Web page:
Plaintiff has raised one objection to the R&R. He contends that the ALJ improperly neglected to fully account for his "non-exertional" impairments of fatigue, pain, and weakness. "Exertional" limitations are those that "affect only [a claimant's] ability to meet the strength demands of jobs." 20 C.F.R. § 404.1569a(a). "Nonexertional" or "functional" limitations are those "which affect only [a claimant's] ability to meet the demands of jobs other than the strength demands, " such as concentration, vision, or memory. Id. Plaintiffs objection to the ALJ's weighing of any nonexertional limitations is primarily relevant for the fifth step of the sequential analysis that the Commissioner follows in making a disability determination. 20 C.F.R. § 404.1520. At that step, the Commissioner asks whether a claimant can make an adjustment to work other than past relevant work in light of his or her "residual functional capacity" ("RFC"). Id. § 404.1520(a)(4)(v). If the answer is yes, then a claimant is not considered disabled.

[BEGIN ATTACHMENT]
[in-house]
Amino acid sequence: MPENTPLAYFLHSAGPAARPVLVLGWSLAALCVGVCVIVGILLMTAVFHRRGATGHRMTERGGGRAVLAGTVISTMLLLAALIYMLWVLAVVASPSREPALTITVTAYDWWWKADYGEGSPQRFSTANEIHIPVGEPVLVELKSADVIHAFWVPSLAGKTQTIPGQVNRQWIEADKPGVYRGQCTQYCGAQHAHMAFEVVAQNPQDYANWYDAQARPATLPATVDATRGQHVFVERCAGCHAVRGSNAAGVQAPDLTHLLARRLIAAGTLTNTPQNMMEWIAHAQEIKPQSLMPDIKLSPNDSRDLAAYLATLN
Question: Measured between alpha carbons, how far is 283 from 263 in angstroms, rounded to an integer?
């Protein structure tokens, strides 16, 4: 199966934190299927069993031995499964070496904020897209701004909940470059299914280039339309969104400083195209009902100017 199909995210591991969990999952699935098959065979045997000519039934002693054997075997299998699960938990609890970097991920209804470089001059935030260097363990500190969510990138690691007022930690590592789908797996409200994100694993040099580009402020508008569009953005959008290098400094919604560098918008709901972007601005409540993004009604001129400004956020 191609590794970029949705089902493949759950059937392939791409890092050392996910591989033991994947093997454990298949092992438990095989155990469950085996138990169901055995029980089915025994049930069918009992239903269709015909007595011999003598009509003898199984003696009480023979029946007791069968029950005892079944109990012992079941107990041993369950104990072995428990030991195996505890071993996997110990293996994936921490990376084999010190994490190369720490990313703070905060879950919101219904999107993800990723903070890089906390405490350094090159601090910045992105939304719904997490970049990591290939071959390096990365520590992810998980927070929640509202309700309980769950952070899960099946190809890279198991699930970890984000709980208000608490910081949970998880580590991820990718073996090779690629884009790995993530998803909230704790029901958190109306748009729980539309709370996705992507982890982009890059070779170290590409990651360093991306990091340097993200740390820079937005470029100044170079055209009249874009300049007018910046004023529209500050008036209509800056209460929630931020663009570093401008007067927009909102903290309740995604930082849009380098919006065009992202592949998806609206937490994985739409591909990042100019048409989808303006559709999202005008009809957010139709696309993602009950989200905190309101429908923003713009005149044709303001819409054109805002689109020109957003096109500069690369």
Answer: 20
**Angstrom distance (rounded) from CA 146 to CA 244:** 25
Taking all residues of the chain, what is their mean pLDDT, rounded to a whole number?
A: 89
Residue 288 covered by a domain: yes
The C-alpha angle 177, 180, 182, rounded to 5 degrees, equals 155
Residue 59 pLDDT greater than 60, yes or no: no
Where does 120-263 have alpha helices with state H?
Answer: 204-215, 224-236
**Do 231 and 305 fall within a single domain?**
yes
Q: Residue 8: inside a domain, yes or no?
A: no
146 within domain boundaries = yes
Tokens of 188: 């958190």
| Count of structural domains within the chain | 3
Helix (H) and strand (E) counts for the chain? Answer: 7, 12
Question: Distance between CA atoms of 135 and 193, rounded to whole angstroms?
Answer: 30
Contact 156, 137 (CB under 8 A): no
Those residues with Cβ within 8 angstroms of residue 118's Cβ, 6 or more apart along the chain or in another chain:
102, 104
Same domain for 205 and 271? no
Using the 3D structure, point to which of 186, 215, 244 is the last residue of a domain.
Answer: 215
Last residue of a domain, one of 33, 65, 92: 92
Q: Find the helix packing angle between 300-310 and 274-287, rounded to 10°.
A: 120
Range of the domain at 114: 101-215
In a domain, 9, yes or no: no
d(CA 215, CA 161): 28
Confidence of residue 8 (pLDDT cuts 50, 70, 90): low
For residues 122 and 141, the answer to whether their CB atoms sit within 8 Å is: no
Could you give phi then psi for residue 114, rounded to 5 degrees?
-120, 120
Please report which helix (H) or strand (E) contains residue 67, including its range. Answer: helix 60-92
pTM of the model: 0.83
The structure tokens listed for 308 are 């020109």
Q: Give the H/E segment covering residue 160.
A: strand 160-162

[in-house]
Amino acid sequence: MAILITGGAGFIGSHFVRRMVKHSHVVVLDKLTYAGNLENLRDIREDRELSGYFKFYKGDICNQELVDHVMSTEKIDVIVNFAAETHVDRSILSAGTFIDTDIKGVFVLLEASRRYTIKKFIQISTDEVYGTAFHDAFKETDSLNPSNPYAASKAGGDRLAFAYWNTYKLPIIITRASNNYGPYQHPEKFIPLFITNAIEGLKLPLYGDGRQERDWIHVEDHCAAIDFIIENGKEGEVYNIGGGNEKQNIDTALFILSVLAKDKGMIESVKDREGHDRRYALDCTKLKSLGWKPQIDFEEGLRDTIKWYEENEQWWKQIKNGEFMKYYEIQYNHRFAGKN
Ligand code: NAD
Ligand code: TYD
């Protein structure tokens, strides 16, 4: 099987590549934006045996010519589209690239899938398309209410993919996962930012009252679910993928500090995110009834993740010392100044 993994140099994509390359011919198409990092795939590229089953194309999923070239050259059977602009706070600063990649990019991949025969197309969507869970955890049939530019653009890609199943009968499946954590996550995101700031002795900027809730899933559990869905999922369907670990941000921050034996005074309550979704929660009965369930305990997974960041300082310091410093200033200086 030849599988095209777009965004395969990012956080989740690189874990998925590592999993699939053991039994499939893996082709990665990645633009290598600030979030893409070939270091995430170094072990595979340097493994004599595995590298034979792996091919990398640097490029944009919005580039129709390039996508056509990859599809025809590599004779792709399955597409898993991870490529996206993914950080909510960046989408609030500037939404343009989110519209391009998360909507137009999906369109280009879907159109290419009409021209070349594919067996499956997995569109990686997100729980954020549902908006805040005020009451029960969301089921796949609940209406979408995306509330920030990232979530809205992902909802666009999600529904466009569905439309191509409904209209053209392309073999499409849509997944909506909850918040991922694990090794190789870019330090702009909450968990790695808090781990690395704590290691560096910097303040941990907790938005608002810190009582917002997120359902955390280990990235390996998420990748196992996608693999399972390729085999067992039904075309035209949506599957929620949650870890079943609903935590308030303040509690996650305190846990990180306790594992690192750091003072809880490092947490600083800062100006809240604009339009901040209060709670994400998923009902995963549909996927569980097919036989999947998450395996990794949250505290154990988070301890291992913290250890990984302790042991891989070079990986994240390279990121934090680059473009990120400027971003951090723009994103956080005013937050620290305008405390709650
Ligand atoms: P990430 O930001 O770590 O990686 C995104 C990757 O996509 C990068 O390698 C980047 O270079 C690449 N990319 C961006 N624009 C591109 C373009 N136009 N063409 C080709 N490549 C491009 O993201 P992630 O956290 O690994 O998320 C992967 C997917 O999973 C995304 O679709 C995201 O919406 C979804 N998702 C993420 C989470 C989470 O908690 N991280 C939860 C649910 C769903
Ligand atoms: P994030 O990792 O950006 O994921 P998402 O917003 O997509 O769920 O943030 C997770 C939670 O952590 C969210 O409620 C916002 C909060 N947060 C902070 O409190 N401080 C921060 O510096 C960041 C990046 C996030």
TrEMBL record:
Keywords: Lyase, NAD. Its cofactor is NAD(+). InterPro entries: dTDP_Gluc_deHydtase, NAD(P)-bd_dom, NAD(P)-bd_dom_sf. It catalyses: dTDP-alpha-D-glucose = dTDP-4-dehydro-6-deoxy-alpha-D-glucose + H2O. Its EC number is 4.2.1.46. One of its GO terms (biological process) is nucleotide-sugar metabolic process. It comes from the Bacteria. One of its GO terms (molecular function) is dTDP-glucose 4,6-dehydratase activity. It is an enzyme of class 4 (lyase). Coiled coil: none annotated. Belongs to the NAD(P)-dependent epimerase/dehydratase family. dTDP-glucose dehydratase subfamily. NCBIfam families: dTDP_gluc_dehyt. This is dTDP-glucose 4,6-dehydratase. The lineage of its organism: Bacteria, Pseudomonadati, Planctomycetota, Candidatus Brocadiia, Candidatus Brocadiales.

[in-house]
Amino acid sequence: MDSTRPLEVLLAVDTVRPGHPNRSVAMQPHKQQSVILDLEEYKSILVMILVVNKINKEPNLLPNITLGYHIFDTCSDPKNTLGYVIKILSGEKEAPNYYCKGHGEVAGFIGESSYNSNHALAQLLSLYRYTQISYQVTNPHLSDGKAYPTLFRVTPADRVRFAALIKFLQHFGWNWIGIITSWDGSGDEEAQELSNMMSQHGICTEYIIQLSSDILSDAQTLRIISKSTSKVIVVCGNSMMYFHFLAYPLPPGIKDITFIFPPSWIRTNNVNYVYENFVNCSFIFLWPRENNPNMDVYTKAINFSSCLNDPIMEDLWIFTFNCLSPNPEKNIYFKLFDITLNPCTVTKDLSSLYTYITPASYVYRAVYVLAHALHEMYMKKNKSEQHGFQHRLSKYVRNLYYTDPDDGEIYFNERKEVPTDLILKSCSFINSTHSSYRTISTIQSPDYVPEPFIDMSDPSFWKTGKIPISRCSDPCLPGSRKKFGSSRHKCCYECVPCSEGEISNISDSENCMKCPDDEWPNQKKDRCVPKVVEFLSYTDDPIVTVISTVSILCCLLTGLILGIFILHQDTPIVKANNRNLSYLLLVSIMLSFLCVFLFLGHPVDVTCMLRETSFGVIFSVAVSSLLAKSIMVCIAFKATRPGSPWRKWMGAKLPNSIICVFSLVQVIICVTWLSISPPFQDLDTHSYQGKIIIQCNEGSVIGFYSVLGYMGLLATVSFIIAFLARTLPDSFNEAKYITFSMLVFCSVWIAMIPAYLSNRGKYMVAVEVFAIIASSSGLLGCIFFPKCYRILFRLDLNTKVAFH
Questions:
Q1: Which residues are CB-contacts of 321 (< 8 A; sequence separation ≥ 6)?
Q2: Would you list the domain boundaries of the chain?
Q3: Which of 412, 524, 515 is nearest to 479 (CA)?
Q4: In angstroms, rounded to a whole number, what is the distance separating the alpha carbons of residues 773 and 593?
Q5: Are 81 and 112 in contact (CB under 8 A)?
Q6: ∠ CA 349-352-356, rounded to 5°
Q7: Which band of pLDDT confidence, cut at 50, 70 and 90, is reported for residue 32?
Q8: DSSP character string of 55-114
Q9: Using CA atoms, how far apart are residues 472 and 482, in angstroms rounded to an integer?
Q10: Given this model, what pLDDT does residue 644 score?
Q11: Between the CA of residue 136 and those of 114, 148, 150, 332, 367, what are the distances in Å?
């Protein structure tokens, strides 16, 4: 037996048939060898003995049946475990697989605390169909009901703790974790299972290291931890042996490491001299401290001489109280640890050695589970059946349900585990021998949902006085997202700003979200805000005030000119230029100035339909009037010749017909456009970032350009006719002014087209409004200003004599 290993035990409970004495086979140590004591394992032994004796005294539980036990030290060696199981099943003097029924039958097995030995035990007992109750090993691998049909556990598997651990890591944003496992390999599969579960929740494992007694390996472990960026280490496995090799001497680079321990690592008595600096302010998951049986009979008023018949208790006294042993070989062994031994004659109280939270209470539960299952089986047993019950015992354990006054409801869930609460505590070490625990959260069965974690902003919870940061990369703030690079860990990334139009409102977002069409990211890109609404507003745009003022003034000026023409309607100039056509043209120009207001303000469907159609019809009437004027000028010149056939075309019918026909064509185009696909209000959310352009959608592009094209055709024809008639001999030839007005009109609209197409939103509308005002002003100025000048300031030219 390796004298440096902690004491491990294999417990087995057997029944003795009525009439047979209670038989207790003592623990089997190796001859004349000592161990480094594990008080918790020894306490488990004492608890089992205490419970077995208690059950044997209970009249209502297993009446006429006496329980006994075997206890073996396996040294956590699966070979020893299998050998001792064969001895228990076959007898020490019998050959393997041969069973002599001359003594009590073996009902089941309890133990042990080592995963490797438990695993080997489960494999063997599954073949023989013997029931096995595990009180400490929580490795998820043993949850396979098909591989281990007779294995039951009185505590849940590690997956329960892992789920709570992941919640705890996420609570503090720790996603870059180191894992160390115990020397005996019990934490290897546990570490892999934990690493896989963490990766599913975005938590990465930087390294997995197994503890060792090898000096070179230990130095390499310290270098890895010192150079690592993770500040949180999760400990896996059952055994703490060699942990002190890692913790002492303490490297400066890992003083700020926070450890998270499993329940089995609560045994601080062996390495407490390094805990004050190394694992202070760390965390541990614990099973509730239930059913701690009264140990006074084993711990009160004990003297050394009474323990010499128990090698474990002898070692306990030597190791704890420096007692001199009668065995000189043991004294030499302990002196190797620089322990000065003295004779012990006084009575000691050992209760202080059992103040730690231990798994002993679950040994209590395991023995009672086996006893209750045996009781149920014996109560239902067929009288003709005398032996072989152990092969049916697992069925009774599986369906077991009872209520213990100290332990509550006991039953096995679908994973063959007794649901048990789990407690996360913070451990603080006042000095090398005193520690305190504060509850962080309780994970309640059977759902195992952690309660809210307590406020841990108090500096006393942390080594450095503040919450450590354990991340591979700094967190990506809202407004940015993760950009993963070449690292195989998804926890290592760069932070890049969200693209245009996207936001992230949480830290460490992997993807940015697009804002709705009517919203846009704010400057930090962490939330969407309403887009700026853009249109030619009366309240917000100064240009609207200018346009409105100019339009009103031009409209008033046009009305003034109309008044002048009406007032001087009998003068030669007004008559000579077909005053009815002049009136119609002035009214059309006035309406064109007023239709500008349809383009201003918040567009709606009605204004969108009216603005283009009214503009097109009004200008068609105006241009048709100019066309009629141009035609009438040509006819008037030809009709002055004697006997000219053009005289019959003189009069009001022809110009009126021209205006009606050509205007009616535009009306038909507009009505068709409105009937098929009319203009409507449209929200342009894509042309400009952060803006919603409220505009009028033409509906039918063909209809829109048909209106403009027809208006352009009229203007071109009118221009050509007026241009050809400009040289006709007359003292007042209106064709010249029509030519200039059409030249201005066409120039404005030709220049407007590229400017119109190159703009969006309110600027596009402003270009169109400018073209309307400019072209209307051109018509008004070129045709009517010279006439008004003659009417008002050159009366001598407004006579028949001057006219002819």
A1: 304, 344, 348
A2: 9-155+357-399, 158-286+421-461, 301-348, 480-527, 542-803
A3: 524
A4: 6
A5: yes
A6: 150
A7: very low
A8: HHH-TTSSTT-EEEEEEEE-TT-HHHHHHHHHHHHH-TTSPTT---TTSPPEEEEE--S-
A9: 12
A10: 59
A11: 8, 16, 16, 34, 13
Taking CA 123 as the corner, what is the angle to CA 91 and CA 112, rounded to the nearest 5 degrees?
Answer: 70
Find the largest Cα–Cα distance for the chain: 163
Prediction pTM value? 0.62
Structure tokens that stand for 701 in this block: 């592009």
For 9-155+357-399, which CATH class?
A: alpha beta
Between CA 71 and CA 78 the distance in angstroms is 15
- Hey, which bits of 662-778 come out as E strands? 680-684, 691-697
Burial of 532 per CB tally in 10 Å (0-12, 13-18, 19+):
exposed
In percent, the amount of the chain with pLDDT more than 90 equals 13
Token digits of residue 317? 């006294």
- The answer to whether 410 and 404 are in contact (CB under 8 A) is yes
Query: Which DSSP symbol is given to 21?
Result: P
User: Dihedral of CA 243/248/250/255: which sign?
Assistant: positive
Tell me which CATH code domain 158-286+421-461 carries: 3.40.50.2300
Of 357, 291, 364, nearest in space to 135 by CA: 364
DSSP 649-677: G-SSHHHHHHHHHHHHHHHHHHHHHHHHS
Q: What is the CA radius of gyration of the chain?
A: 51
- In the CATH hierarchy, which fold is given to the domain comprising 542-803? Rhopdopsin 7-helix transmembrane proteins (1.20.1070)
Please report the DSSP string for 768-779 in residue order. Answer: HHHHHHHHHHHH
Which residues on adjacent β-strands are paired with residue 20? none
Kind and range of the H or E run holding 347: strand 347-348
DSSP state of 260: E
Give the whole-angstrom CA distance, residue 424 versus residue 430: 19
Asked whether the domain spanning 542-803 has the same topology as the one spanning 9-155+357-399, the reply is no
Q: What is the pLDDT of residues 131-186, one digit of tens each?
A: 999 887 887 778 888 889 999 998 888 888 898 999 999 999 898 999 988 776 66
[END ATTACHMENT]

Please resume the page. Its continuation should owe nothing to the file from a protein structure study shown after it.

In Plaintiff's case, the ALJ concluded after reviewing the medical evidence in the record that Plaintiff had the "residual functional capacity to perform the full range of sedentary work" described in 20 C.F.R. §§ 404.1567(a), 416.967(a), as being able to lift up to 10 pounds at a time and engaging in occasional walking and standing. R. 19. This conclusion meant that Plaintiff could not perform his past relevant work as an automobile mechanic, so the ALJ then considered other potential jobs at the fifth step in the evaluation of Plaintiff's claim. In doing so, the ALJ explicitly referred to the Medical-Vocational Guidelines, 20 CFR Part 404, Subpart P, Appendix 2, otherwise known as "the Grids." R. 24-25. Plaintiff contends that it was improper to rely on the Grids.